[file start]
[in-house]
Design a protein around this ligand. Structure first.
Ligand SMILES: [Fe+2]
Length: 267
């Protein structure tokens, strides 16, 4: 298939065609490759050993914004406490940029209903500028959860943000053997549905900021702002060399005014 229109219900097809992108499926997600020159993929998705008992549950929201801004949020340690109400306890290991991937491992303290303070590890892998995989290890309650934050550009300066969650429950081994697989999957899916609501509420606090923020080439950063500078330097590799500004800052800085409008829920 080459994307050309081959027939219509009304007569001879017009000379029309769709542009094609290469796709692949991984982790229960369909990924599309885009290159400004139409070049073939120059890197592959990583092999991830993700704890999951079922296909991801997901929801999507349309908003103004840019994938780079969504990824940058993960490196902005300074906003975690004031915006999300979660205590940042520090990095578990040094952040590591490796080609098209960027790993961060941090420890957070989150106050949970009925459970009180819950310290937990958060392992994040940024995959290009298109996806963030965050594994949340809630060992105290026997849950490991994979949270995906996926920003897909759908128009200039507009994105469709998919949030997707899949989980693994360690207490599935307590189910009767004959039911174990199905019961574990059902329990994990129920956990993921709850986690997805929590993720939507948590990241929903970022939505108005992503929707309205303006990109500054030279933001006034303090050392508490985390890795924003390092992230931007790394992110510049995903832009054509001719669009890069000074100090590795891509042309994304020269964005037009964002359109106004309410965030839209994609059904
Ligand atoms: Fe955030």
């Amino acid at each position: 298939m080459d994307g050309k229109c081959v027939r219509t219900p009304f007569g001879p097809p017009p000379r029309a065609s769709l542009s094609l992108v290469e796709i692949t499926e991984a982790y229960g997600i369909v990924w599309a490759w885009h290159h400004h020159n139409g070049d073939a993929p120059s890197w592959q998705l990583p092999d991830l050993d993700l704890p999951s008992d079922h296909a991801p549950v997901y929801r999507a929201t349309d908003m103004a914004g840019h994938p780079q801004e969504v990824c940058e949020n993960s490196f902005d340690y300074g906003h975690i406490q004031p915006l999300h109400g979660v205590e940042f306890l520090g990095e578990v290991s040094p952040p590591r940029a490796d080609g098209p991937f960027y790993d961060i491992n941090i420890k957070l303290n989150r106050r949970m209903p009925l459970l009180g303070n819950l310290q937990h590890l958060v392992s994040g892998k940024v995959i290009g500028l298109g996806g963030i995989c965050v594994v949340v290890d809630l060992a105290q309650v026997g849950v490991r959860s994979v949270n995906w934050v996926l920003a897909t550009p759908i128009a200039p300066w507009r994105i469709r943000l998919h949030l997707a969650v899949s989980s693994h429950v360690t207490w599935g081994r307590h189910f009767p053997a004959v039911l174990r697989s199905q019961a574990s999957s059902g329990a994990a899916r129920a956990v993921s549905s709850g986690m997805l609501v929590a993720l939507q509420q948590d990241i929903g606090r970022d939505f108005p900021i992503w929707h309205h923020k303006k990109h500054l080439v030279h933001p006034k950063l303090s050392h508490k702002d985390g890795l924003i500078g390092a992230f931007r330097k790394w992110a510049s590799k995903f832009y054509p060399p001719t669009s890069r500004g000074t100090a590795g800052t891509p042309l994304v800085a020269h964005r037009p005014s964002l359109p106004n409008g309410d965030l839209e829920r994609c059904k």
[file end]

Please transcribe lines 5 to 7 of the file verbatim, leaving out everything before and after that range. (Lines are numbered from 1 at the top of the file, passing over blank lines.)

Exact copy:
């Protein structure tokens, strides 16, 4: 298939065609490759050993914004406490940029209903500028959860943000053997549905900021702002060399005014 229109219900097809992108499926997600020159993929998705008992549950929201801004949020340690109400306890290991991937491992303290303070590890892998995989290890309650934050550009300066969650429950081994697989999957899916609501509420606090923020080439950063500078330097590799500004800052800085409008829920 080459994307050309081959027939219509009304007569001879017009000379029309769709542009094609290469796709692949991984982790229960369909990924599309885009290159400004139409070049073939120059890197592959990583092999991830993700704890999951079922296909991801997901929801999507349309908003103004840019994938780079969504990824940058993960490196902005300074906003975690004031915006999300979660205590940042520090990095578990040094952040590591490796080609098209960027790993961060941090420890957070989150106050949970009925459970009180819950310290937990958060392992994040940024995959290009298109996806963030965050594994949340809630060992105290026997849950490991994979949270995906996926920003897909759908128009200039507009994105469709998919949030997707899949989980693994360690207490599935307590189910009767004959039911174990199905019961574990059902329990994990129920956990993921709850986690997805929590993720939507948590990241929903970022939505108005992503929707309205303006990109500054030279933001006034303090050392508490985390890795924003390092992230931007790394992110510049995903832009054509001719669009890069000074100090590795891509042309994304020269964005037009964002359109106004309410965030839209994609059904
Ligand atoms: Fe955030």
């Amino acid at each position: 298939m080459d994307g050309k229109c081959v027939r219509t219900p009304f007569g001879p097809p017009p000379r029309a065609s769709l542009s094609l992108v290469e796709i692949t499926e991984a982790y229960g997600i369909v990924w599309a490759w885009h290159h400004h020159n139409g070049d073939a993929p120059s890197w592959q998705l990583p092999d991830l050993d993700l704890p999951s008992d079922h296909a991801p549950v997901y929801r999507a929201t349309d908003m103004a914004g840019h994938p780079q801004e969504v990824c940058e949020n993960s490196f902005d340690y300074g906003h975690i406490q004031p915006l999300h109400g979660v205590e940042f306890l520090g990095e578990v290991s040094p952040p590591r940029a490796d080609g098209p991937f960027y790993d961060i491992n941090i420890k957070l303290n989150r106050r949970m209903p009925l459970l009180g303070n819950l310290q937990h590890l958060v392992s994040g892998k940024v995959i290009g500028l298109g996806g963030i995989c965050v594994v949340v290890d809630l060992a105290q309650v026997g849950v490991r959860s994979v949270n995906w934050v996926l920003a897909t550009p759908i128009a200039p300066w507009r994105i469709r943000l998919h949030l997707a969650v899949s989980s693994h429950v360690t207490w599935g081994r307590h189910f009767p053997a004959v039911l174990r697989s199905q019961a574990s999957s059902g329990a994990a899916r129920a956990v993921s549905s709850g986690m997805l609501v929590a993720l939507q509420q948590d990241i929903g606090r970022d939505f108005p900021i992503w929707h309205h923020k303006k990109h500054l080439v030279h933001p006034k950063l303090s050392h508490k702002d985390g890795l924003i500078g390092a992230f931007r330097k790394w992110a510049s590799k995903f832009y054509p060399p001719t669009s890069r500004g000074t100090a590795g800052t891509p042309l994304v800085a020269h964005r037009p005014s964002l359109p106004n409008g309410d965030l839209e829920r994609c059904k």